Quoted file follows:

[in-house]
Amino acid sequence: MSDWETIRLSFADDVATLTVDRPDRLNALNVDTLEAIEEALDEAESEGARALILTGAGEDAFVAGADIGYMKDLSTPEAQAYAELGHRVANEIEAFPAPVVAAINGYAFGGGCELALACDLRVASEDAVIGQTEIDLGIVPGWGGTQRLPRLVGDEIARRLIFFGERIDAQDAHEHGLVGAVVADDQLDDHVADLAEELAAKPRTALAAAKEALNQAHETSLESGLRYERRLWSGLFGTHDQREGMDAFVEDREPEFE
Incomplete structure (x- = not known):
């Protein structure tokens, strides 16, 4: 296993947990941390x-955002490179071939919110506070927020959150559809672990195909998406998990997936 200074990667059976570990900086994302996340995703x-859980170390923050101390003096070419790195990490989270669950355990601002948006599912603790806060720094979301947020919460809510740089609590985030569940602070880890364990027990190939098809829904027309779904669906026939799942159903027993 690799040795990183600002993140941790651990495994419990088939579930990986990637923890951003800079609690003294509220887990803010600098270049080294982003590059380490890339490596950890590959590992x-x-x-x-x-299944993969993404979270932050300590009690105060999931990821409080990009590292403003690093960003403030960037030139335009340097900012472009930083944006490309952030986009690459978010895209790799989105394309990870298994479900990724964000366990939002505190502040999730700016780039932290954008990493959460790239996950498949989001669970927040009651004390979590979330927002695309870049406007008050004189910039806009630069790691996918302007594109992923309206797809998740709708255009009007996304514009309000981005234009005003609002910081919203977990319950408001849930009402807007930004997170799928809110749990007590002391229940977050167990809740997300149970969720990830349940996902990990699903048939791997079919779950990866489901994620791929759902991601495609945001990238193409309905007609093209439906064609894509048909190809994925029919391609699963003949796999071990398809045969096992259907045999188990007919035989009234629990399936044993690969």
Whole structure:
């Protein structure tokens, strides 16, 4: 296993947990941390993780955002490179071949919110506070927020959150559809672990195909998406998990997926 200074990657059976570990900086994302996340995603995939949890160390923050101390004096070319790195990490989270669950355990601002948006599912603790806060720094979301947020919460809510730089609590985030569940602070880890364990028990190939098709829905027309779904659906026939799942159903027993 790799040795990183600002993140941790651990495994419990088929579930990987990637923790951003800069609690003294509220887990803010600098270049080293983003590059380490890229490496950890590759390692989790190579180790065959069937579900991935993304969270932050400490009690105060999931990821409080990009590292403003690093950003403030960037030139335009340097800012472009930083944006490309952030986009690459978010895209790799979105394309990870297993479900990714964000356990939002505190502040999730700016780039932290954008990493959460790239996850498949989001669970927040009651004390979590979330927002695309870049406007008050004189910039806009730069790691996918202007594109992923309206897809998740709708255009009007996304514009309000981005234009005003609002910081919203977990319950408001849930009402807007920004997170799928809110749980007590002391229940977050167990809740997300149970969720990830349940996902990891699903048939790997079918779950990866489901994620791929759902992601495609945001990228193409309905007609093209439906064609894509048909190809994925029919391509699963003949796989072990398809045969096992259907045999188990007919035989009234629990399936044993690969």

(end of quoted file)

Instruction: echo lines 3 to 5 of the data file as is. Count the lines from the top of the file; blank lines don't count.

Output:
Incomplete structure (x- = not known):
């Protein structure tokens, strides 16, 4: 296993947990941390x-955002490179071939919110506070927020959150559809672990195909998406998990997936 200074990667059976570990900086994302996340995703x-859980170390923050101390003096070419790195990490989270669950355990601002948006599912603790806060720094979301947020919460809510740089609590985030569940602070880890364990027990190939098809829904027309779904669906026939799942159903027993 690799040795990183600002993140941790651990495994419990088939579930990986990637923890951003800079609690003294509220887990803010600098270049080294982003590059380490890339490596950890590959590992x-x-x-x-x-299944993969993404979270932050300590009690105060999931990821409080990009590292403003690093960003403030960037030139335009340097900012472009930083944006490309952030986009690459978010895209790799989105394309990870298994479900990724964000366990939002505190502040999730700016780039932290954008990493959460790239996950498949989001669970927040009651004390979590979330927002695309870049406007008050004189910039806009630069790691996918302007594109992923309206797809998740709708255009009007996304514009309000981005234009005003609002910081919203977990319950408001849930009402807007930004997170799928809110749990007590002391229940977050167990809740997300149970969720990830349940996902990990699903048939791997079919779950990866489901994620791929759902991601495609945001990238193409309905007609093209439906064609894509048909190809994925029919391609699963003949796999071990398809045969096992259907045999188990007919035989009234629990399936044993690969």
Whole structure: